Wednesday, September 08, 2010

job search notes: Land ho!

Yes, a strange sound but true enough. Indeed, the lookout in the forward topmast has spotted land at last. I have signed up for a contract position with Modis to work on a security project at Citizens Bank, in their East Providence, RI Operations Center.

How long has it been?
It took me nine months to land my first contract position after the reduction in force at Fidelity Investments occurred in Dec 2008. That contract position last four months and it has taken another eight months to find this position. That is a trend that isn’t very good. And yet it pales in comparison to those who have exhausted their 99 weeks and are still looking.

I think we are into this ‘giganomics’ thing, moving from one gig to another for some time. Prior recoveries were quicker as the large Fortune 500’s were able to expand and hire thousands at a time. That doesn’t seem to be likely this time around. The growth will come from the small and medium businesses and from the entrepreneurs, hence growth and recovery will be slower.

How did I get this position?
I found this opportunity through a recruiter at Modis that I had been working with. We talked frequently about this position or that which he would find. I recall we talked about this one on a Monday, he called back that Thursday to say I had a hiring manager phone screen for that coming Monday. It went well then about a week went by before we got notified of the in-person interview the following Thursday. The in-person interview went well and I got the offer while facilitating the interview question breakout at the Hopkinton Networking Group meeting on Friday morning.

This was the first and only non-Fidelity in person interview I had encountered during my job search. I had always believed that when I got to an in-person interview I would do well, the trouble was getting through everything before that!

What can I share about my experiences on the job search?
I have shared a lot already on my blog, Steve’s 2 Cents and I will continue to share there but to summarize, I would offer the following:

1 - Live your brand
If you don’t have one, figure it out. There are so many exercises one can do to define yourself, your brand, most of those will get you to the same end point. Pick one and go with it. Once it has been defined, live it, and then refine it as you go. It doesn’t have to be perfect out of the gate.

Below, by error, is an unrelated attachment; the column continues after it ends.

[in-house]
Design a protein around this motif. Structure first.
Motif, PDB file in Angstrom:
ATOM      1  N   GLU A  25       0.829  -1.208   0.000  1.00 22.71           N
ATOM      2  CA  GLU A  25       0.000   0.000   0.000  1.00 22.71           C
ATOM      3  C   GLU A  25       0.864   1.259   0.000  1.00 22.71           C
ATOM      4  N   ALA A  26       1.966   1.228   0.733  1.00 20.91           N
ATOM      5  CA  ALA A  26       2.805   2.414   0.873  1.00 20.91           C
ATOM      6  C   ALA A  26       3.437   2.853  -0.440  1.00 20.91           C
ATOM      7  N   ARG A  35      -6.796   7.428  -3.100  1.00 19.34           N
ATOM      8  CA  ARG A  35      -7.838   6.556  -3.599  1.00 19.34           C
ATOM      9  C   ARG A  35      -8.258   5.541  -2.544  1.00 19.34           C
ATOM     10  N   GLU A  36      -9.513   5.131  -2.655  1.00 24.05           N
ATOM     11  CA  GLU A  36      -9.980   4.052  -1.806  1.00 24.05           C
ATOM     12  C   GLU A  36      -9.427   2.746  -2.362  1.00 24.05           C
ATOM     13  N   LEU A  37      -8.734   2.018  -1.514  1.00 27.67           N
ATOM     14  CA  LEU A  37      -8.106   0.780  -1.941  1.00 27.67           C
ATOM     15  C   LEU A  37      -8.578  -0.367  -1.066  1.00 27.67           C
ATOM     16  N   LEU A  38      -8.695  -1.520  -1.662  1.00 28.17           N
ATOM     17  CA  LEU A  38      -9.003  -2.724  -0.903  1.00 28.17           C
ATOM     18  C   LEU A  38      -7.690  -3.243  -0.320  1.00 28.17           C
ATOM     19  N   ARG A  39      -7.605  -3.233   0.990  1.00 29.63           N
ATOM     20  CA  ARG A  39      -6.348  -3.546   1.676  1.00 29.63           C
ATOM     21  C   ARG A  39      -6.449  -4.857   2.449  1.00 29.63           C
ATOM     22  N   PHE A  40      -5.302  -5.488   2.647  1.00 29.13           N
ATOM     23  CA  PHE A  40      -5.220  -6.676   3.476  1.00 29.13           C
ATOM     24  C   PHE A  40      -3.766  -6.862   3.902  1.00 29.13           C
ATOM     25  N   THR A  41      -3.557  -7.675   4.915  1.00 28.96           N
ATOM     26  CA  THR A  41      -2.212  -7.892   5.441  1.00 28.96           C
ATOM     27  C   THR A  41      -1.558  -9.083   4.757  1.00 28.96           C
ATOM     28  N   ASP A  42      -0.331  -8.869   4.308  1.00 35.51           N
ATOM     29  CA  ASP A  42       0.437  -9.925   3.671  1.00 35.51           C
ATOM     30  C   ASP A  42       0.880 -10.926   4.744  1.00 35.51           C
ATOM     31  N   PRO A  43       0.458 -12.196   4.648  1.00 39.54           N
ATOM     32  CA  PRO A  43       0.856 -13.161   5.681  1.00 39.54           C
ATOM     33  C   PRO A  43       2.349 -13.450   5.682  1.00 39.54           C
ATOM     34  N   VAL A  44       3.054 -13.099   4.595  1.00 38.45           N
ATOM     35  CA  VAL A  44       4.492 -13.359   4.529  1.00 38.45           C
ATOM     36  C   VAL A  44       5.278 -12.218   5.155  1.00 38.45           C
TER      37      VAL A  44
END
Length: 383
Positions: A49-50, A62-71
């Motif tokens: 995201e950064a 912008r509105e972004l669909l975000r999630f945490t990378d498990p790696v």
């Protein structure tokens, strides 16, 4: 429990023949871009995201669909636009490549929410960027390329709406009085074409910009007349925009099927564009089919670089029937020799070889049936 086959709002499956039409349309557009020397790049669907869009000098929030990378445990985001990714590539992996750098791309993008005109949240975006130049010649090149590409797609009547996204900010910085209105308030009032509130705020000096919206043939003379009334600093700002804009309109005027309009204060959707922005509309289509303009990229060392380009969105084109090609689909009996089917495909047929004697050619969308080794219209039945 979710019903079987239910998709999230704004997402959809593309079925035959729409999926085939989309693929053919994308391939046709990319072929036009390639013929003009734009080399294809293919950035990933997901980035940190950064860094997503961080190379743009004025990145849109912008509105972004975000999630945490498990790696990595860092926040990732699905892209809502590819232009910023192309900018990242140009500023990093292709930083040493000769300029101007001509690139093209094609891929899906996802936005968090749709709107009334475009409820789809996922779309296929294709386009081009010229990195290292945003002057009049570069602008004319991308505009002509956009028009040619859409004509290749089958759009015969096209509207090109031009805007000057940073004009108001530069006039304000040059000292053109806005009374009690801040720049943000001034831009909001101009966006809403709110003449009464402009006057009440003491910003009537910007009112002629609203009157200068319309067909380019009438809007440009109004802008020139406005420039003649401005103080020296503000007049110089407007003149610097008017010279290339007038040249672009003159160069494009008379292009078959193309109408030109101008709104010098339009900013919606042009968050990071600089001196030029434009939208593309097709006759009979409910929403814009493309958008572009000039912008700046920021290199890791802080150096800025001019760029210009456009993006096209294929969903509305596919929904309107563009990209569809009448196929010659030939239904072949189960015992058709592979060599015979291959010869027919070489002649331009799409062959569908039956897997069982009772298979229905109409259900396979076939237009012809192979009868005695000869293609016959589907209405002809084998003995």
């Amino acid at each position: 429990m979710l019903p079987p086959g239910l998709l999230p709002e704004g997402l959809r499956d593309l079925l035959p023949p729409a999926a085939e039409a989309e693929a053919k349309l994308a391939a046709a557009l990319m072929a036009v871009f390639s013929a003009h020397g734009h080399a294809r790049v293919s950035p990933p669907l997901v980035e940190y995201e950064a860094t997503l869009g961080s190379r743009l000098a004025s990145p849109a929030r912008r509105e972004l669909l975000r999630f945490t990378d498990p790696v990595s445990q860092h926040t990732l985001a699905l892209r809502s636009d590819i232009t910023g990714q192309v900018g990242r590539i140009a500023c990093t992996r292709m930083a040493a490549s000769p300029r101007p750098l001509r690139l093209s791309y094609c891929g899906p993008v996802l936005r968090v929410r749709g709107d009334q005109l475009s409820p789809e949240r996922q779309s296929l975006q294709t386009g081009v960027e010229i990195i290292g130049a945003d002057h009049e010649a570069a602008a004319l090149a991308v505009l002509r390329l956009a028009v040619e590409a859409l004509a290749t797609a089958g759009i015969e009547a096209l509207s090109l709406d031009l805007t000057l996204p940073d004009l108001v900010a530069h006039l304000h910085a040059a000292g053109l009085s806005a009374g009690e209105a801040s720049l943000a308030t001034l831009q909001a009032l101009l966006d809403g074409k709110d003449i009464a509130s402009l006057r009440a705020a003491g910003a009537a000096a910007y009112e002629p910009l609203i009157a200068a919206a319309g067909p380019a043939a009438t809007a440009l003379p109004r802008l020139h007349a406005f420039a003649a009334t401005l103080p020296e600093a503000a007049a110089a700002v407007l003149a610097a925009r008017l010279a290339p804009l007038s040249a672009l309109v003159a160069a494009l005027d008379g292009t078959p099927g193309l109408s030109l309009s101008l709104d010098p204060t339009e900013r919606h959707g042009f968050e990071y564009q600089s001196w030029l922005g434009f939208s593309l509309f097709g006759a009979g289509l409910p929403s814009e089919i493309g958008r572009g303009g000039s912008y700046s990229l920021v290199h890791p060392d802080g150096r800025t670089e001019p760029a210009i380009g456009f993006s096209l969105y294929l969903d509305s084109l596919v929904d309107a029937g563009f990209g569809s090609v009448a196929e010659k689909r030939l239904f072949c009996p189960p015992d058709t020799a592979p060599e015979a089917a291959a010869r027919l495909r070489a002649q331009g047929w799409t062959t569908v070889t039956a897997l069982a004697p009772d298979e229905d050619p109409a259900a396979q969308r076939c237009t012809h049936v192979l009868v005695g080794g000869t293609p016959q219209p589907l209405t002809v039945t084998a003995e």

I chose to summarize myself with seven words: Learning, sharing, and laughing about life experiences. Especially on the job search,  learning something new each day was important. Sharing something in a way that it matters to whom you share it (get to the ‘what’s in it for them’ point) is also good networking. Laughter, well, in a painful world, laughter is good medicine. and with the proper point of view, the world is a funny place.

2 - Grow your network
When I left Fidelity, I had about 200 LinkedIn connections. 90% of them were Fidelity folks. While they were good connections, realistically getting back into Fidelity wasn’t going to be likely for some time as they were still cutting positions. I needed to focus on expanding my network beyond Fidelity, beyond New England. Exactly how I did this has been covered in my LinkedIn presentations. Today, I have more than 700 connections and the Fidelity percent has been reduced to about half.

3 - Maintain appropriate data capture.
You need to keep track of your applications and contacts to report on when asked by unemployment or as part of your job search work team, or your buddy group. All are good and valid reasons for keeping some metrics on what is going on. The second key though it to periodically look that the numbers and see what they tell you.